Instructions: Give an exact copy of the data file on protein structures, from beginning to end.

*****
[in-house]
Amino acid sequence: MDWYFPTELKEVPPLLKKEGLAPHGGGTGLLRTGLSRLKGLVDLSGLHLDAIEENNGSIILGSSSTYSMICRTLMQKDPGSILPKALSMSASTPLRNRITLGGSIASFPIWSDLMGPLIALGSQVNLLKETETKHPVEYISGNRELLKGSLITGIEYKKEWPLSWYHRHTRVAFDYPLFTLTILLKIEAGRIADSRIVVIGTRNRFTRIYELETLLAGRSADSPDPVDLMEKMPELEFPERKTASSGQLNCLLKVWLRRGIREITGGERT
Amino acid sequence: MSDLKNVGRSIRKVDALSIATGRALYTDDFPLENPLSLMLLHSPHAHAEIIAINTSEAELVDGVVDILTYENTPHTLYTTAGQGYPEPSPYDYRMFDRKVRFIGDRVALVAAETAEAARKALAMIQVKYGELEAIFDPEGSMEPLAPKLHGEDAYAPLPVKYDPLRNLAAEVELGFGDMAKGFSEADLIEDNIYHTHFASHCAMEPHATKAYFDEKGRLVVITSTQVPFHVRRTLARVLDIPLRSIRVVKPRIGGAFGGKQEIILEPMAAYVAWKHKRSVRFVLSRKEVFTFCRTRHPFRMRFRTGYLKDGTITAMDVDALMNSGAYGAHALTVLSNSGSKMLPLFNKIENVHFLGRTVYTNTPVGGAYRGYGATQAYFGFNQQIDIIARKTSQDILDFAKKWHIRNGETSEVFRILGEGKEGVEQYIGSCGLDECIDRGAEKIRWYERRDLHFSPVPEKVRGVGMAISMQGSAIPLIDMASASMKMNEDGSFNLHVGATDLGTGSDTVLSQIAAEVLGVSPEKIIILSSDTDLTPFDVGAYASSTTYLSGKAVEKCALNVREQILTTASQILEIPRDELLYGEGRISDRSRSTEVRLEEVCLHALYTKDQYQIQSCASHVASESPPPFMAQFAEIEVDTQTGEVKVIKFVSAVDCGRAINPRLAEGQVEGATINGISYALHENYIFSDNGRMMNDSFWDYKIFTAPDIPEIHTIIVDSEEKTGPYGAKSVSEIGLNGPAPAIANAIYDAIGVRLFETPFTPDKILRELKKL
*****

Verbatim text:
[in-house]
Amino acid sequence: MDWYFPTELKEVPPLLKKEGLAPHGGGTGLLRTGLSRLKGLVDLSGLHLDAIEENNGSIILGSSSTYSMICRTLMQKDPGSILPKALSMSASTPLRNRITLGGSIASFPIWSDLMGPLIALGSQVNLLKETETKHPVEYISGNRELLKGSLITGIEYKKEWPLSWYHRHTRVAFDYPLFTLTILLKIEAGRIADSRIVVIGTRNRFTRIYELETLLAGRSADSPDPVDLMEKMPELEFPERKTASSGQLNCLLKVWLRRGIREITGGERT
Amino acid sequence: MSDLKNVGRSIRKVDALSIATGRALYTDDFPLENPLSLMLLHSPHAHAEIIAINTSEAELVDGVVDILTYENTPHTLYTTAGQGYPEPSPYDYRMFDRKVRFIGDRVALVAAETAEAARKALAMIQVKYGELEAIFDPEGSMEPLAPKLHGEDAYAPLPVKYDPLRNLAAEVELGFGDMAKGFSEADLIEDNIYHTHFASHCAMEPHATKAYFDEKGRLVVITSTQVPFHVRRTLARVLDIPLRSIRVVKPRIGGAFGGKQEIILEPMAAYVAWKHKRSVRFVLSRKEVFTFCRTRHPFRMRFRTGYLKDGTITAMDVDALMNSGAYGAHALTVLSNSGSKMLPLFNKIENVHFLGRTVYTNTPVGGAYRGYGATQAYFGFNQQIDIIARKTSQDILDFAKKWHIRNGETSEVFRILGEGKEGVEQYIGSCGLDECIDRGAEKIRWYERRDLHFSPVPEKVRGVGMAISMQGSAIPLIDMASASMKMNEDGSFNLHVGATDLGTGSDTVLSQIAAEVLGVSPEKIIILSSDTDLTPFDVGAYASSTTYLSGKAVEKCALNVREQILTTASQILEIPRDELLYGEGRISDRSRSTEVRLEEVCLHALYTKDQYQIQSCASHVASESPPPFMAQFAEIEVDTQTGEVKVIKFVSAVDCGRAINPRLAEGQVEGATINGISYALHENYIFSDNGRMMNDSFWDYKIFTAPDIPEIHTIIVDSEEKTGPYGAKSVSEIGLNGPAPAIANAIYDAIGVRLFETPFTPDKILRELKKL